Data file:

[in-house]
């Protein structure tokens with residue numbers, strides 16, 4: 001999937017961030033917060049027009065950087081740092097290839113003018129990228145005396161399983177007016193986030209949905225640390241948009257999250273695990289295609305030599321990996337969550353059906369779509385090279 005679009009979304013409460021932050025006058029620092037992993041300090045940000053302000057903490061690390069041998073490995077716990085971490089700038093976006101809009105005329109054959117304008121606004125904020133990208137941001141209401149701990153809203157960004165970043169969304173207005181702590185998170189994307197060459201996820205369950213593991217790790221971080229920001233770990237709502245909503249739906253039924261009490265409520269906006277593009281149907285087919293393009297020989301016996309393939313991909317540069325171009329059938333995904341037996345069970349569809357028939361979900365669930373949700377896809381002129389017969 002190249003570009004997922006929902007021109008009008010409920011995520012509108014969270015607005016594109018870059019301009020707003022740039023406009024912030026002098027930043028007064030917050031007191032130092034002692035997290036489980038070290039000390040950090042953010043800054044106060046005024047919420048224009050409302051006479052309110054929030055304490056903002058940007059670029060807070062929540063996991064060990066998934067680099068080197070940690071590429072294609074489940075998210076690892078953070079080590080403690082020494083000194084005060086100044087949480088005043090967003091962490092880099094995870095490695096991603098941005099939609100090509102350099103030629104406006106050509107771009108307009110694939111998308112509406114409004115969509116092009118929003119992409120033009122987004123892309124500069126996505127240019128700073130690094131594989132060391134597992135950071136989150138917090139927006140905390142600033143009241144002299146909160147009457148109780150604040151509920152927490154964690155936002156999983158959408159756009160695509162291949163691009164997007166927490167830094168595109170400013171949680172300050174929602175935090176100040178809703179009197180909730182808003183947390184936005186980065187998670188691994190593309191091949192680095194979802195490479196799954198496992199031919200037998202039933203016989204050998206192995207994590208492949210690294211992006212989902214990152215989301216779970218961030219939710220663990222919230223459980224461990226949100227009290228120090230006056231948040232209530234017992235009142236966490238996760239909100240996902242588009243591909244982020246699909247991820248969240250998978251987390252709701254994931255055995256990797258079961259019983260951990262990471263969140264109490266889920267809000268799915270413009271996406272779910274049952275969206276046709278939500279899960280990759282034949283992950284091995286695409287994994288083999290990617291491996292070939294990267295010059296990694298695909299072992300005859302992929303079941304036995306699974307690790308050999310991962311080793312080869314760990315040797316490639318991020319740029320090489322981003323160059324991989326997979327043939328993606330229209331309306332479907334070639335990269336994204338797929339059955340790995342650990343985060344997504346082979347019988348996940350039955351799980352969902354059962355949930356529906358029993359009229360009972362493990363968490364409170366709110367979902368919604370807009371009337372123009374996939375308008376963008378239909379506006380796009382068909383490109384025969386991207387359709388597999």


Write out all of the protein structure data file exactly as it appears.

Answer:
[in-house]
């Protein structure tokens with residue numbers, strides 16, 4: 001999937017961030033917060049027009065950087081740092097290839113003018129990228145005396161399983177007016193986030209949905225640390241948009257999250273695990289295609305030599321990996337969550353059906369779509385090279 005679009009979304013409460021932050025006058029620092037992993041300090045940000053302000057903490061690390069041998073490995077716990085971490089700038093976006101809009105005329109054959117304008121606004125904020133990208137941001141209401149701990153809203157960004165970043169969304173207005181702590185998170189994307197060459201996820205369950213593991217790790221971080229920001233770990237709502245909503249739906253039924261009490265409520269906006277593009281149907285087919293393009297020989301016996309393939313991909317540069325171009329059938333995904341037996345069970349569809357028939361979900365669930373949700377896809381002129389017969 002190249003570009004997922006929902007021109008009008010409920011995520012509108014969270015607005016594109018870059019301009020707003022740039023406009024912030026002098027930043028007064030917050031007191032130092034002692035997290036489980038070290039000390040950090042953010043800054044106060046005024047919420048224009050409302051006479052309110054929030055304490056903002058940007059670029060807070062929540063996991064060990066998934067680099068080197070940690071590429072294609074489940075998210076690892078953070079080590080403690082020494083000194084005060086100044087949480088005043090967003091962490092880099094995870095490695096991603098941005099939609100090509102350099103030629104406006106050509107771009108307009110694939111998308112509406114409004115969509116092009118929003119992409120033009122987004123892309124500069126996505127240019128700073130690094131594989132060391134597992135950071136989150138917090139927006140905390142600033143009241144002299146909160147009457148109780150604040151509920152927490154964690155936002156999983158959408159756009160695509162291949163691009164997007166927490167830094168595109170400013171949680172300050174929602175935090176100040178809703179009197180909730182808003183947390184936005186980065187998670188691994190593309191091949192680095194979802195490479196799954198496992199031919200037998202039933203016989204050998206192995207994590208492949210690294211992006212989902214990152215989301216779970218961030219939710220663990222919230223459980224461990226949100227009290228120090230006056231948040232209530234017992235009142236966490238996760239909100240996902242588009243591909244982020246699909247991820248969240250998978251987390252709701254994931255055995256990797258079961259019983260951990262990471263969140264109490266889920267809000268799915270413009271996406272779910274049952275969206276046709278939500279899960280990759282034949283992950284091995286695409287994994288083999290990617291491996292070939294990267295010059296990694298695909299072992300005859302992929303079941304036995306699974307690790308050999310991962311080793312080869314760990315040797316490639318991020319740029320090489322981003323160059324991989326997979327043939328993606330229209331309306332479907334070639335990269336994204338797929339059955340790995342650990343985060344997504346082979347019988348996940350039955351799980352969902354059962355949930356529906358029993359009229360009972362493990363968490364409170366709110367979902368919604370807009371009337372123009374996939375308008376963008378239909379506006380796009382068909383490109384025969386991207387359709388597999």